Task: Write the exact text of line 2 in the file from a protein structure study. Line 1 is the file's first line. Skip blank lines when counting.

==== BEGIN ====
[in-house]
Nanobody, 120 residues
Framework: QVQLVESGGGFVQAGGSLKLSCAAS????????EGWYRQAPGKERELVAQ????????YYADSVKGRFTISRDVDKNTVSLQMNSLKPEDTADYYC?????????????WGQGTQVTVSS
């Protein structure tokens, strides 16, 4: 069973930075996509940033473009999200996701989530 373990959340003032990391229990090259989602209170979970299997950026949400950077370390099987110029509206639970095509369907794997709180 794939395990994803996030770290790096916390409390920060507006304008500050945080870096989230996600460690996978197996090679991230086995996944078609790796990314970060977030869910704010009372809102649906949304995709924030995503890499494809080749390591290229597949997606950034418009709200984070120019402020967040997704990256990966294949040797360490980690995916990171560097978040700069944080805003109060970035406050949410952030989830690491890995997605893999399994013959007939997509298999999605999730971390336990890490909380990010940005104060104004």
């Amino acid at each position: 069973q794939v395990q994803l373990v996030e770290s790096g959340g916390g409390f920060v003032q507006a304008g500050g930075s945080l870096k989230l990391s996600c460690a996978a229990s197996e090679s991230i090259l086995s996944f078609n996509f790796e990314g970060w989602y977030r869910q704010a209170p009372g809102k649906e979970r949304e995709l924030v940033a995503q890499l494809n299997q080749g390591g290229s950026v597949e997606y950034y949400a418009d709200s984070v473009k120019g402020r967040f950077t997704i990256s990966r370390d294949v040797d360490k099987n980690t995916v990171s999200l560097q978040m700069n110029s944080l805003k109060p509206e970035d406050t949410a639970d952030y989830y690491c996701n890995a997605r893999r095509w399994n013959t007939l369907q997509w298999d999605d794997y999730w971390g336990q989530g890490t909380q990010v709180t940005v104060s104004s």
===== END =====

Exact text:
Nanobody, 120 residues